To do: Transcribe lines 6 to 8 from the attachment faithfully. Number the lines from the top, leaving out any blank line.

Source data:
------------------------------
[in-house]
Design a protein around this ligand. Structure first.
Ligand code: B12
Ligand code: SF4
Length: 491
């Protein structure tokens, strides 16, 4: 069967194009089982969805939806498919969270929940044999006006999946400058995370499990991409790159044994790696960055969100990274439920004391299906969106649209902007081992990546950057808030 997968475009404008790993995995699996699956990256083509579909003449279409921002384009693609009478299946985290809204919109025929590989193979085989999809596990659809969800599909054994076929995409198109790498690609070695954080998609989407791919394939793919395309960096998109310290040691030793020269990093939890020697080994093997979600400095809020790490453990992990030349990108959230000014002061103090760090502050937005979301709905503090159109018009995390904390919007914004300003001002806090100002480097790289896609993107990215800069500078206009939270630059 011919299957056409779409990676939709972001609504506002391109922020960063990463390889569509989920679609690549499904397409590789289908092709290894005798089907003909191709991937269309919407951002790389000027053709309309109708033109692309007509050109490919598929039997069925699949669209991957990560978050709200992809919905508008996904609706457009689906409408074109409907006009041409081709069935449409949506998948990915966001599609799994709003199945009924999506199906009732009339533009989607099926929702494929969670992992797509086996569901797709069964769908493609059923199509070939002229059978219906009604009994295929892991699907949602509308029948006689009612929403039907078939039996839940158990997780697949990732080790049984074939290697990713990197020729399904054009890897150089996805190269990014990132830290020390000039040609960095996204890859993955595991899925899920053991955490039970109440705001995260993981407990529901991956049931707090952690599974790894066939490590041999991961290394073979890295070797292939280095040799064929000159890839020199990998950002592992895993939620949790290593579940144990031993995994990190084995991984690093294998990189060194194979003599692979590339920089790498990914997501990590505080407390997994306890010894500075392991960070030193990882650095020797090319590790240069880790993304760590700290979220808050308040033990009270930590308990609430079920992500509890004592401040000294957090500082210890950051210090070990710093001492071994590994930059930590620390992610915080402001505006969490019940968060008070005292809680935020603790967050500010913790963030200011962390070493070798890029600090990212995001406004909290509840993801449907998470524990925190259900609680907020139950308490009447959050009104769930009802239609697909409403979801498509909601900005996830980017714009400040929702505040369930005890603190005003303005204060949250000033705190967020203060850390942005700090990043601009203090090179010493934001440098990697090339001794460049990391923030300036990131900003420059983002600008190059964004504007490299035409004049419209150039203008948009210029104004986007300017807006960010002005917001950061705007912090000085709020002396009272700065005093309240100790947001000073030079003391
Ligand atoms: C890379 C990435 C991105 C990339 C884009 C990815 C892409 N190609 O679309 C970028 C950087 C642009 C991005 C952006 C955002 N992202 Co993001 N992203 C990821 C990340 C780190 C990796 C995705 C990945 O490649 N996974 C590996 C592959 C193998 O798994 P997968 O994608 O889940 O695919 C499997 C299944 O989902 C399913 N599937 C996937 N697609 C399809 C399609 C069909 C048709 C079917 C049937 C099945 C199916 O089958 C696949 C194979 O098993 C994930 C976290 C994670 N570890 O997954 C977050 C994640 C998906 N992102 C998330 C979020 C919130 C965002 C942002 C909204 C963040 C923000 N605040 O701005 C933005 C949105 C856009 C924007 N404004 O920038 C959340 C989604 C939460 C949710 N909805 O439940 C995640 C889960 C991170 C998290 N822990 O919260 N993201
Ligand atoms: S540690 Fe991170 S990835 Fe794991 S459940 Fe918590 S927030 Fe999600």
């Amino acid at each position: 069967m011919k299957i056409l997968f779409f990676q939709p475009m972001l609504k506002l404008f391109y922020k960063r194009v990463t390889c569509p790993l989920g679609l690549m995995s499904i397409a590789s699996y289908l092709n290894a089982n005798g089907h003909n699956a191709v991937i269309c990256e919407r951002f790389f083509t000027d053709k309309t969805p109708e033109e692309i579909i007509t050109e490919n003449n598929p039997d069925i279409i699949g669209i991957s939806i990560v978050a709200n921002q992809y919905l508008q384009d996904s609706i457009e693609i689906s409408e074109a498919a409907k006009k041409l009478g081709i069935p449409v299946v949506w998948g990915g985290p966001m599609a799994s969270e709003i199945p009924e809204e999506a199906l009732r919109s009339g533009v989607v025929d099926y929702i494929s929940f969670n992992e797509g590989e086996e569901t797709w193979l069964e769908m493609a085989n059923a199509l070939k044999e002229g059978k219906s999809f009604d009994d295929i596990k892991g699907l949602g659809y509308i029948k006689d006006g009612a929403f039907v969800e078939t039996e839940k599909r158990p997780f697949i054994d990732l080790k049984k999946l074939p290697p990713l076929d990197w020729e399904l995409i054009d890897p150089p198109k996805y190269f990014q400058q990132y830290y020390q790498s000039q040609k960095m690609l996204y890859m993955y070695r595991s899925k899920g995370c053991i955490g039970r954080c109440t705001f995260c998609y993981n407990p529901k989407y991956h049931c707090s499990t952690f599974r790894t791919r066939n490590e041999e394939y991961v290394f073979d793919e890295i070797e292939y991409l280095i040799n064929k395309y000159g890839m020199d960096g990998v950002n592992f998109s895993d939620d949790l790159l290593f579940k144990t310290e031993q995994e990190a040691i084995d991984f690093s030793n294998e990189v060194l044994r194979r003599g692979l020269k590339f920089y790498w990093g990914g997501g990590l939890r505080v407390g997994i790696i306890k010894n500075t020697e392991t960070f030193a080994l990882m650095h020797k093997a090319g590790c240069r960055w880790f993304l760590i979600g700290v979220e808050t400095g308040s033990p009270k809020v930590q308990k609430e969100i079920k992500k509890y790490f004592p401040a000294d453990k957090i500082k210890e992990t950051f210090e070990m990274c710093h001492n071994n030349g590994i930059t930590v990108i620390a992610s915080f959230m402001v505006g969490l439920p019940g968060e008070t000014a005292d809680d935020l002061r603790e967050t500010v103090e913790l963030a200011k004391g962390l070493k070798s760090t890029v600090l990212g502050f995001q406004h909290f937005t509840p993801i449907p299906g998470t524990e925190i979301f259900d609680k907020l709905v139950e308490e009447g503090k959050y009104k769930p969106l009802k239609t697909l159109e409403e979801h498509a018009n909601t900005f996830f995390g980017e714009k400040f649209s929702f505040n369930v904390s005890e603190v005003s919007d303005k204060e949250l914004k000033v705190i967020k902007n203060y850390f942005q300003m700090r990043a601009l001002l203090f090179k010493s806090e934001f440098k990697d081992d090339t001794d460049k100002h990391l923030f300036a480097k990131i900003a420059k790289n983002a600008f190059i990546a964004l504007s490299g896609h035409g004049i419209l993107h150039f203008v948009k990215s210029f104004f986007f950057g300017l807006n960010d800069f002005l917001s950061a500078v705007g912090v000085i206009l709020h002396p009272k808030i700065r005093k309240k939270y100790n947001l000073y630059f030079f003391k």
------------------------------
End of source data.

């Protein structure tokens, strides 16, 4: 069967194009089982969805939806498919969270929940044999006006999946400058995370499990991409790159044994790696960055969100990274439920004391299906969106649209902007081992990546950057808030 997968475009404008790993995995699996699956990256083509579909003449279409921002384009693609009478299946985290809204919109025929590989193979085989999809596990659809969800599909054994076929995409198109790498690609070695954080998609989407791919394939793919395309960096998109310290040691030793020269990093939890020697080994093997979600400095809020790490453990992990030349990108959230000014002061103090760090502050937005979301709905503090159109018009995390904390919007914004300003001002806090100002480097790289896609993107990215800069500078206009939270630059 011919299957056409779409990676939709972001609504506002391109922020960063990463390889569509989920679609690549499904397409590789289908092709290894005798089907003909191709991937269309919407951002790389000027053709309309109708033109692309007509050109490919598929039997069925699949669209991957990560978050709200992809919905508008996904609706457009689906409408074109409907006009041409081709069935449409949506998948990915966001599609799994709003199945009924999506199906009732009339533009989607099926929702494929969670992992797509086996569901797709069964769908493609059923199509070939002229059978219906009604009994295929892991699907949602509308029948006689009612929403039907078939039996839940158990997780697949990732080790049984074939290697990713990197020729399904054009890897150089996805190269990014990132830290020390000039040609960095996204890859993955595991899925899920053991955490039970109440705001995260993981407990529901991956049931707090952690599974790894066939490590041999991961290394073979890295070797292939280095040799064929000159890839020199990998950002592992895993939620949790290593579940144990031993995994990190084995991984690093294998990189060194194979003599692979590339920089790498990914997501990590505080407390997994306890010894500075392991960070030193990882650095020797090319590790240069880790993304760590700290979220808050308040033990009270930590308990609430079920992500509890004592401040000294957090500082210890950051210090070990710093001492071994590994930059930590620390992610915080402001505006969490019940968060008070005292809680935020603790967050500010913790963030200011962390070493070798890029600090990212995001406004909290509840993801449907998470524990925190259900609680907020139950308490009447959050009104769930009802239609697909409403979801498509909601900005996830980017714009400040929702505040369930005890603190005003303005204060949250000033705190967020203060850390942005700090990043601009203090090179010493934001440098990697090339001794460049990391923030300036990131900003420059983002600008190059964004504007490299035409004049419209150039203008948009210029104004986007300017807006960010002005917001950061705007912090000085709020002396009272700065005093309240100790947001000073030079003391
Ligand atoms: C890379 C990435 C991105 C990339 C884009 C990815 C892409 N190609 O679309 C970028 C950087 C642009 C991005 C952006 C955002 N992202 Co993001 N992203 C990821 C990340 C780190 C990796 C995705 C990945 O490649 N996974 C590996 C592959 C193998 O798994 P997968 O994608 O889940 O695919 C499997 C299944 O989902 C399913 N599937 C996937 N697609 C399809 C399609 C069909 C048709 C079917 C049937 C099945 C199916 O089958 C696949 C194979 O098993 C994930 C976290 C994670 N570890 O997954 C977050 C994640 C998906 N992102 C998330 C979020 C919130 C965002 C942002 C909204 C963040 C923000 N605040 O701005 C933005 C949105 C856009 C924007 N404004 O920038 C959340 C989604 C939460 C949710 N909805 O439940 C995640 C889960 C991170 C998290 N822990 O919260 N993201
Ligand atoms: S540690 Fe991170 S990835 Fe794991 S459940 Fe918590 S927030 Fe999600």